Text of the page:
void Evaluate (double& result, const double x) {
result = sin(x);
}
};
// Create an object from the function class
MySine1d mfx;
// Invoke 6th order Gauss-Legendre quadrature on 0..PI interval:
double qresult;
GetLog()<< "Quadrature 1d result:" << qresult << " (analytic solution: 2.0) \n";
// Other quadrature tests, this time in 2D
class MySine2d : public ChIntegrable2D<double>
{
public:
void Evaluate (double& result, const double x, const double y) { result = sin(x); }
};
MySine2d mfx2d;
ChQuadrature::Integrate2D<double>(qresult, mfx2d, 0, CH_C_PI, -1,1, 6);
GetLog()<< "Quadrature 2d result:" << qresult << " (analytic solution: 4.0) \n";

Note that thanks to templating, one can also integrate m-dimensional (vectorial, tensorial) functions $$\mathbf{f}: \mathbb{R}^n \mapsto \mathbb{R}^m$$ , for example:

$\mathbf{F}=\int^{a_y}_{b_y}\int^{a_x}_{b_x} \mathbf{f}(x,y) dx dy \quad \mathbf{F} \in \mathbb{R}^2$

class MySine2dM : public ChIntegrable2D< ChMatrixNM<double,2,1> >
{
public:
void Evaluate (ChMatrixNM<double,2,1>& result, const double x, const double y)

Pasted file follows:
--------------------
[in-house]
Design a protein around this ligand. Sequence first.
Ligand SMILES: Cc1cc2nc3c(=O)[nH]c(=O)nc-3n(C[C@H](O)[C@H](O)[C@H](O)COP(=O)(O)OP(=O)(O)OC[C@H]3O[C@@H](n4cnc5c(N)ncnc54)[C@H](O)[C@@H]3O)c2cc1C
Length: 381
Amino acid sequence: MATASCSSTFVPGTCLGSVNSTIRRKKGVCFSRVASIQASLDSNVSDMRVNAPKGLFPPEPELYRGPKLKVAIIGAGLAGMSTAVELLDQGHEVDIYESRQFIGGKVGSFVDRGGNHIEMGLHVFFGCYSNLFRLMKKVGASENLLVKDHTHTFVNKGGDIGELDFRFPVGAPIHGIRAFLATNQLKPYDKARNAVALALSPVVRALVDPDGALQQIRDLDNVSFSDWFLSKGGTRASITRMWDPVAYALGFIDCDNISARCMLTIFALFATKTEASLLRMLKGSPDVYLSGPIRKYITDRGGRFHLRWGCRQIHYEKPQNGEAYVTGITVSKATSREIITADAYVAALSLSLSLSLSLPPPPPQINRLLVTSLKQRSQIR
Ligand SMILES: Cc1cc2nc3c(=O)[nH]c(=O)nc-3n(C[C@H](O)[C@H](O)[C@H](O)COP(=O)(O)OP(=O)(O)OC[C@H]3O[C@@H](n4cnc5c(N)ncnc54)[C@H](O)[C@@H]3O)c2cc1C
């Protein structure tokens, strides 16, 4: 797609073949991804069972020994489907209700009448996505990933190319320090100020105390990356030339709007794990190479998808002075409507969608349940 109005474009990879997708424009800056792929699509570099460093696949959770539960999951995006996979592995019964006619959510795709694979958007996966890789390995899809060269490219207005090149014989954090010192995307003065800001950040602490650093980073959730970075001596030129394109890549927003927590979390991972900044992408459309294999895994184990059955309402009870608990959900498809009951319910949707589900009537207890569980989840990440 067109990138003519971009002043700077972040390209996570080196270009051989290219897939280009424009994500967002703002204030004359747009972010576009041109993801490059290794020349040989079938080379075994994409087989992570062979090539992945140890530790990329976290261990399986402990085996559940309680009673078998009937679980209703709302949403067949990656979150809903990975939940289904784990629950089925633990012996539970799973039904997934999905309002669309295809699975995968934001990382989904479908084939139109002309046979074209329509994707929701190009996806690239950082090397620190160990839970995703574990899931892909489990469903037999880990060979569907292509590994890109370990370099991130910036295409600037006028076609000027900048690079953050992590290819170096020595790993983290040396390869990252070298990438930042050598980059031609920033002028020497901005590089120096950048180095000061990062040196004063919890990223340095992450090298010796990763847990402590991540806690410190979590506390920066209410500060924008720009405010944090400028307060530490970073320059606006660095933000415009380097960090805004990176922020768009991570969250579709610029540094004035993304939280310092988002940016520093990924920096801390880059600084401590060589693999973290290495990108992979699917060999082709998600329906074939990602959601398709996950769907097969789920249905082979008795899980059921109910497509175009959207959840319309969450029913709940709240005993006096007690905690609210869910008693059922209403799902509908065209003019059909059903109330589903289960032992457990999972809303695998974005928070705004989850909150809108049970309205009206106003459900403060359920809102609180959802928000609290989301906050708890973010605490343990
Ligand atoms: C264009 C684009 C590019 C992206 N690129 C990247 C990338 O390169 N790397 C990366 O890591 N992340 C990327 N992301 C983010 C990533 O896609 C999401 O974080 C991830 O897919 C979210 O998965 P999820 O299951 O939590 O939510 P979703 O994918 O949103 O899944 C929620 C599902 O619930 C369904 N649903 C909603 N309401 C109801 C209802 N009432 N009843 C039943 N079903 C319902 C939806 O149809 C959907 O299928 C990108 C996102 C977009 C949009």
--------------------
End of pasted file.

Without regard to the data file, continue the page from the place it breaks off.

{
result(0) = x*y;
result(1) = 0.5*y*y;
}
};
MySine2dM mfx2dM;
ChMatrixNM<double,2,1> resultM;
ChQuadrature::Integrate2D< ChMatrixNM<double,2,1> >(resultM, mfx2dM, 0, 1, 0,3, 6);
GetLog()<< "Quadrature 2d matrix result:" << resultM << " (analytic solution: 2.25, 4.5) \n";

Eigen::Matrix< T, N, 1 > ChVectorN
Column vector with fixed size (known at compile time).
Definition: ChMatrix.h:98
Eigen::Matrix< T, 4, 4, Eigen::RowMajor > ChMatrix44
4x4 dense matrix (fixed-size, row-major ordering)
Definition: ChMatrixMBD.h:42
Eigen::Matrix< T, Eigen::Dynamic, Eigen::Dynamic, Eigen::RowMajor > ChMatrixDynamic
Dense matrix with dynamic size (i.e., with size a run-time variable, unknown at compile time).